Tenth Amendment Center: New Hampshire Bill Would Tie State Definition of Firearms to Federal Statute
CONCORD, N.H. (Jan. 10, 2018) – A bill introduced in the New Hampshire Senate would change the definition of a “firearm” in the state to coincide with federal statute. Passage of this bill would expand regulation of firearms accessories in New Hampshire and empower the federal government to indirectly dictate gun laws in the Live Free or Die State.
Sen. Kevin Avard (R-Nashua) and Rep. Sen. Jeb Bradley (R-Wolfeboro) introduced Senate Bill 500 (SB500). The legislation would allow people in New Hampshire to have loaded firearms in an unmoving vehicle. It would also allow bow hunting license holders to carry firearms while hunting. These changes would be small steps forward for New Hampshire gun owners, but the bill has a major problem buried in it. It would change the definition of firearm to coincide with the federal definition.
Under current New Hampshire law, “Firearm” means “any weapon, including a starter gun, which will or is designed to or may readily be converted to expel a projectile by force of gunpowder.” If SB500 passes, “firearm” would have the meaning set forth in 18 U.S.C. section 921.
Gun Owners of America explained the impact of this change.
“If it does this, in addition to the weapon itself, New Hampshire’s definition of firearm would be newly amended to include “the frame or receiver of any such weapon, … any firearm muffler or firearm silencer, or … any destructive device…”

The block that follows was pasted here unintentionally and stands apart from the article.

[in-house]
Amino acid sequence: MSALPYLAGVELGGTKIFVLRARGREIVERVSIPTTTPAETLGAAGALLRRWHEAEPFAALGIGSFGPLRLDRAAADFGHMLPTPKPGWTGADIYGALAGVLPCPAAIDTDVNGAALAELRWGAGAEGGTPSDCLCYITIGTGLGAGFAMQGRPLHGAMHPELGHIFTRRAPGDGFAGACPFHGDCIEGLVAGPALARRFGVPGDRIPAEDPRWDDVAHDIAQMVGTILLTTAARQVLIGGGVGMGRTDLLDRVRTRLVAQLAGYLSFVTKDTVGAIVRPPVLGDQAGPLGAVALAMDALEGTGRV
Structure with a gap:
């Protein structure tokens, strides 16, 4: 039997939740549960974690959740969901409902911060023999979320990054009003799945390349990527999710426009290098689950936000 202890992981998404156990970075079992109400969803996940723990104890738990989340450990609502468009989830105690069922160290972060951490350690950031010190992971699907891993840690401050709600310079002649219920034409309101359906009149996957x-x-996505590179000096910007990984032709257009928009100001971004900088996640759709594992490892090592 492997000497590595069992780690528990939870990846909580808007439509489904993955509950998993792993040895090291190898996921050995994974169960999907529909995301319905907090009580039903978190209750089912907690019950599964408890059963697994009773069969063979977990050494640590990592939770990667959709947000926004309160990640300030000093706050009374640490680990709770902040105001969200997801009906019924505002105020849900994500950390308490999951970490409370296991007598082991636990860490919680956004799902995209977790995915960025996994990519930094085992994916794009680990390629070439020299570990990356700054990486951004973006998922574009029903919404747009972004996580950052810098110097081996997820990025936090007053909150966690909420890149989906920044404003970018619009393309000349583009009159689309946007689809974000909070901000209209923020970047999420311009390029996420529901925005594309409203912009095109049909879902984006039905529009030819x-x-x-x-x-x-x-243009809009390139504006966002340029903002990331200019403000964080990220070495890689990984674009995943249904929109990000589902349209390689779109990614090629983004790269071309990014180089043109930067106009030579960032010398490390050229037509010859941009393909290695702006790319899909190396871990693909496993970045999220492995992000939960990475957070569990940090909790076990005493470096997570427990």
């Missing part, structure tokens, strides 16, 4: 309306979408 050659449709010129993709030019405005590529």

Practically speaking, by using the federal definition of firearm, SB500 would expand the power of state regulators over firearm suppressors. These devices simply muffle the sound of a gun. They do not literally silence firearms. Nevertheless, the federal government heavily regulates silencers under the National Firearms Act. GOA said giving the state the power to regulate silencers under state law would undermine efforts it is involved with at the federal level.
“We are making major strides toward removing suppressors from federal regulation under the NFA and under the 1968 Act. So why would we take a step backward and newly bring suppressors within the scope of New Hampshire firearms regulation?”
Rep. JR Howell called tying the state definition of “firearm” to the federal statute “a horrible idea,” noting that it would drastically expand federal power over state law. The definition of a firearm in New Hampshire would change any time politicians in Washington D.C. decide to expand the federal definition. This would allow the feds to indirectly regulate firearms in New Hampshire simply by changing the wording of its statute.
“Linking state definitions to federal statutes is always a bad idea. Period,” Hoell said. “There is a clear Tenth Amendment issue at stake by tying our laws to the federal laws. It is very important that this bill be killed.”
SB500 was referred to the Senate Judiciary Committee. If the committee finds it “inexpedient to legislate,” it will make it much more difficult to pass in the full Senate.